Information superhighway: Chrysler to turn 2009 vehicles into mobile Wi-Fi hotspots
UPDATE JUNE 25: Here's a more detailed version of this story that ran in today's paper.
CORRECTION: An earlier version of this post said the service would offer wireless Internet at speeds of 600 to 800 megabits per second. In fact, it's 600 to 800 kilobits per second.
Is there anything more frustrating than being stuck on the 405, unable to illegally download the new Coldplay album and put it on your iPod? Or surf the Web from the passenger seat?
Chrysler feels your pain. The littlest of the Big Three will soon be putting wireless routers in its vehicles -– turning its cars, trucks and SUVs into roaming Wi-Fi hotspots.
The UConnect Web service will be available as an option on all its 2009 model year vehicles (including the Dodge Challenger pictured above), which hit dealerships in September. The Detroit car maker has not yet disclosed pricing, but said there would likely be some type of subscription fee attached, be it monthly or yearly, as well as an initial cost for the option.
Chrysler plans to formally announce the news Thursday, just days before California’s new hands-free driving legislation goes into effect, but Wired and ITWire got the jump on it. The service would appear to be a huge victory for that critical lobby of people bored with merely texting, scrolling through iPod playlists and chatting on the phone.
Highway safety advocates, on the other hand, are a little less enthusiastic.
"Stop already!" said Russ Rader, spokesman for the Insurance Institute for Highway Safety, a nonprofit funded by insurance companies that researches the causes of accidents. “Clearly this is a problem. Our cars are becoming just another place to catch up on calls and now e-mail, and that’s a real safety problem.”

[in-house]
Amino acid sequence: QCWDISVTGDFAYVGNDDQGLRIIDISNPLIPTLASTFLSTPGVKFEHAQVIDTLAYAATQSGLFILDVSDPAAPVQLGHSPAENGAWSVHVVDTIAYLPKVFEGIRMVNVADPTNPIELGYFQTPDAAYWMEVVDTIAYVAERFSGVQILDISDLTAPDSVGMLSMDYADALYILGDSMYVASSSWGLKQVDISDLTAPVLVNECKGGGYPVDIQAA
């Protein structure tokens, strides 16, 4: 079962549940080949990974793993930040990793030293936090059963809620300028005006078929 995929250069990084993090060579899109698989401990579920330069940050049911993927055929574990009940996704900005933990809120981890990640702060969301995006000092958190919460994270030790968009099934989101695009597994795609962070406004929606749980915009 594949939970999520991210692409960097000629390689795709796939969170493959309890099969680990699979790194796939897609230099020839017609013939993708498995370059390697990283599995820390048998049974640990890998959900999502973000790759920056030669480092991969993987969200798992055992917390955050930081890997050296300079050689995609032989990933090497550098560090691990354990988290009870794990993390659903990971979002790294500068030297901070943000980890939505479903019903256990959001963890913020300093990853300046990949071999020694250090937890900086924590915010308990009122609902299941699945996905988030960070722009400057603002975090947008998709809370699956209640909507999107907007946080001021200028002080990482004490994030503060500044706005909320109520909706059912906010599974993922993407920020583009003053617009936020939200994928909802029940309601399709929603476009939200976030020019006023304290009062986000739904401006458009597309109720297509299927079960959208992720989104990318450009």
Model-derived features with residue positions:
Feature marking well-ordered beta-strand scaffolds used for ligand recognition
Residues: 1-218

For its part, Chrysler says that the service is intended to be used while in motion only by passengers, not drivers, who should use it only when parked. The car maker admits, however, that ...
... there is no way to prevent the driver from surfing and driving simultaneously. “We’re relying on the responsibility of the consumer to follow appropriate legislation,” said Keefe Leung, Chrysler’s engineer for the product.
In that case, California drivers can breathe a sigh of relief: The law going into effect on July 1 doesn’t proscribe use of computers or the Web at all, except for drivers 18 years of age or younger (there is a bill in the state Senate that would make computer use illegal, however).
The UConnect Web device, which will be hidden within the car, will work only with the key in the ignition to help ward off piggybacking on the signal. It will operate on the 3G network using a cellular-based signal, Leung says, and will allow download speeds between 600 and 800 kilobits per second, with upload speeds of 200 kbps.
Chrysler is introducing the device as a new feature in its UConnect system, which provides Bluetooth connectivity and MP3 player integration with the car’s stereo, similar to rival Ford’s Sync. The Web connectivity, however, ratchets things up a notch.
Asked why such a device is necessary, Scott Slagle, senior manager for global marketing strategy at Chrysler, said: “I just think there’s this whole thing of the super-connected society. It’s a nation of always wanting to be connected, wherever you are. There’s a demand for that.”
As a fun added feature, Chrysler said UConnect Web would allow passengers in Chrysler vehicles with TV monitors –- such as minivans –- to hook up Net-connected video game consoles including the Nintendo Wii. Whee!
-- Ken Bensinger
Bensinger, a Times staff writer, covers the auto industry.
Photo: 2009 Dodge Challenger courtesy of Chrysler. Wi-Fi icon courtesy of Dana Spiegel via Flickr